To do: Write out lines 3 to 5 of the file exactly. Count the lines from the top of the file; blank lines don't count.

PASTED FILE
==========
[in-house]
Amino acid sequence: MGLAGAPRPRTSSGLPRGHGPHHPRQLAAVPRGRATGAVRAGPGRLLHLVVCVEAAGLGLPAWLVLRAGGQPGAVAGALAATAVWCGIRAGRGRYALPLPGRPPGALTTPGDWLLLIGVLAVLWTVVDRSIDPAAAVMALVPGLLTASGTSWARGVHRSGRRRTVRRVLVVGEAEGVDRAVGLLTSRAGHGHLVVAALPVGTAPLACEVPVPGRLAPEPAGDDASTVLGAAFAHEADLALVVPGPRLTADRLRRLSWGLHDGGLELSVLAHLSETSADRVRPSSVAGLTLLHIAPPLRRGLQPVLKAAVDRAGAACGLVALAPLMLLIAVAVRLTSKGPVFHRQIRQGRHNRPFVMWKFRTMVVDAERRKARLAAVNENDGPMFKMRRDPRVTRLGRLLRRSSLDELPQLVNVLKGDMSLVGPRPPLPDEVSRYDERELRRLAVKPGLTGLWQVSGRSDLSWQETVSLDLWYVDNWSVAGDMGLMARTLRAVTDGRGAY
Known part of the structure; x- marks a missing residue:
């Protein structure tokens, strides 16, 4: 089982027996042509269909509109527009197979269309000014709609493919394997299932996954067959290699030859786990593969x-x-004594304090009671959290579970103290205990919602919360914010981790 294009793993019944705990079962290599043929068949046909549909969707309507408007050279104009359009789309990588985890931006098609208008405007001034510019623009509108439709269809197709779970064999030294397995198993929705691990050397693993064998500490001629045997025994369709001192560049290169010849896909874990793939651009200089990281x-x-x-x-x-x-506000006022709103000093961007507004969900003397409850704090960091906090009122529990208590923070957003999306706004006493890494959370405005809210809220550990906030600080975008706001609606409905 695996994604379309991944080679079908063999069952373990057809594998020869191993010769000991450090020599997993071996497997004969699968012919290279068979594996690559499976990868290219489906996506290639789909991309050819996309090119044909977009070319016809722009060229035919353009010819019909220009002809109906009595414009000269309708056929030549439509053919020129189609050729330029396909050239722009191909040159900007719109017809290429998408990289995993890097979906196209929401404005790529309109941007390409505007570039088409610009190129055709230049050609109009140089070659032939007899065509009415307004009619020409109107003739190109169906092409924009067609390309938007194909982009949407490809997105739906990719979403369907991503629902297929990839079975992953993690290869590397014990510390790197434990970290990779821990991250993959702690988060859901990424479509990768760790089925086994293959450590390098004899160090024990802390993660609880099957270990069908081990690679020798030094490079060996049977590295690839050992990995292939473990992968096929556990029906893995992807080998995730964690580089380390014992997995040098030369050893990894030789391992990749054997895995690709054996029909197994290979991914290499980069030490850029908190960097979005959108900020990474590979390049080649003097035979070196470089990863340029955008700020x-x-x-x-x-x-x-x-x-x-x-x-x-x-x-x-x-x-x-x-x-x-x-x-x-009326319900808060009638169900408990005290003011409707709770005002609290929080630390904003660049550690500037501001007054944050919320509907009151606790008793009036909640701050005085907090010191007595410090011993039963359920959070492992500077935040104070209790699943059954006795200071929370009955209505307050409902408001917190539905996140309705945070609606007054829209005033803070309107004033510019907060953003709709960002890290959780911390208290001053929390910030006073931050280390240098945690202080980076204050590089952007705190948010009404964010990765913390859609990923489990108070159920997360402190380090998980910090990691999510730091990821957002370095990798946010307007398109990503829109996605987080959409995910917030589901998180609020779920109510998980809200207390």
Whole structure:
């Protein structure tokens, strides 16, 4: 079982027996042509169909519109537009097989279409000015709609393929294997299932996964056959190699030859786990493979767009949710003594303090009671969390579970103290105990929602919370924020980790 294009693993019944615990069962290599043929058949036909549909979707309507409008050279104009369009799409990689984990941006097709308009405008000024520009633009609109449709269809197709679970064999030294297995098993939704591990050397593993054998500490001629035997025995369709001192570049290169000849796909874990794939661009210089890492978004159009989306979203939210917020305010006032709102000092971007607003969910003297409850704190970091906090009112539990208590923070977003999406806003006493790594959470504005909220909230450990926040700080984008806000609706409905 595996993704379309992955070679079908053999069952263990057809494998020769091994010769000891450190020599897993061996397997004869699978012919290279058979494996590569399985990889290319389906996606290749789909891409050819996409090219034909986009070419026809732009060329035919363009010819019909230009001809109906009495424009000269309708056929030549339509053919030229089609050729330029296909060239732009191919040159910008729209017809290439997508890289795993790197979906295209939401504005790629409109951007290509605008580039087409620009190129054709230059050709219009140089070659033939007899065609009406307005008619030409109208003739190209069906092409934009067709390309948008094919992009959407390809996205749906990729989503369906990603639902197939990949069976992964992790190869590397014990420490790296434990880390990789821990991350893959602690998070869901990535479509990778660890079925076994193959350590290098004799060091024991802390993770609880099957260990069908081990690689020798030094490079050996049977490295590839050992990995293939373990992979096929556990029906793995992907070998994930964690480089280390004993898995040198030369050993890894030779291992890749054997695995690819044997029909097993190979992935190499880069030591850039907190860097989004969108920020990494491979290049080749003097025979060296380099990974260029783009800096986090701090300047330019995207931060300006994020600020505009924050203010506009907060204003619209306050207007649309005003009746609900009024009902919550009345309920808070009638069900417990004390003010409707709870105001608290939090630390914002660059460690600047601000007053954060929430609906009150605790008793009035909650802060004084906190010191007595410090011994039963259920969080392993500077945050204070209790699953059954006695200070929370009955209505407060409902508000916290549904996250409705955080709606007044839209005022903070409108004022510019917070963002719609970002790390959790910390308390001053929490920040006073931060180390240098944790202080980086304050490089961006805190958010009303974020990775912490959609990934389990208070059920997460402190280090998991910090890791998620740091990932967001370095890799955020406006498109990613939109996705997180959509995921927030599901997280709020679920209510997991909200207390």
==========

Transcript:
Known part of the structure; x- marks a missing residue:
């Protein structure tokens, strides 16, 4: 089982027996042509269909509109527009197979269309000014709609493919394997299932996954067959290699030859786990593969x-x-004594304090009671959290579970103290205990919602919360914010981790 294009793993019944705990079962290599043929068949046909549909969707309507408007050279104009359009789309990588985890931006098609208008405007001034510019623009509108439709269809197709779970064999030294397995198993929705691990050397693993064998500490001629045997025994369709001192560049290169010849896909874990793939651009200089990281x-x-x-x-x-x-506000006022709103000093961007507004969900003397409850704090960091906090009122529990208590923070957003999306706004006493890494959370405005809210809220550990906030600080975008706001609606409905 695996994604379309991944080679079908063999069952373990057809594998020869191993010769000991450090020599997993071996497997004969699968012919290279068979594996690559499976990868290219489906996506290639789909991309050819996309090119044909977009070319016809722009060229035919353009010819019909220009002809109906009595414009000269309708056929030549439509053919020129189609050729330029396909050239722009191909040159900007719109017809290429998408990289995993890097979906196209929401404005790529309109941007390409505007570039088409610009190129055709230049050609109009140089070659032939007899065509009415307004009619020409109107003739190109169906092409924009067609390309938007194909982009949407490809997105739906990719979403369907991503629902297929990839079975992953993690290869590397014990510390790197434990970290990779821990991250993959702690988060859901990424479509990768760790089925086994293959450590390098004899160090024990802390993660609880099957270990069908081990690679020798030094490079060996049977590295690839050992990995292939473990992968096929556990029906893995992807080998995730964690580089380390014992997995040098030369050893990894030789391992990749054997895995690709054996029909197994290979991914290499980069030490850029908190960097979005959108900020990474590979390049080649003097035979070196470089990863340029955008700020x-x-x-x-x-x-x-x-x-x-x-x-x-x-x-x-x-x-x-x-x-x-x-x-x-009326319900808060009638169900408990005290003011409707709770005002609290929080630390904003660049550690500037501001007054944050919320509907009151606790008793009036909640701050005085907090010191007595410090011993039963359920959070492992500077935040104070209790699943059954006795200071929370009955209505307050409902408001917190539905996140309705945070609606007054829209005033803070309107004033510019907060953003709709960002890290959780911390208290001053929390910030006073931050280390240098945690202080980076204050590089952007705190948010009404964010990765913390859609990923489990108070159920997360402190380090998980910090990691999510730091990821957002370095990798946010307007398109990503829109996605987080959409995910917030589901998180609020779920109510998980809200207390």
Whole structure: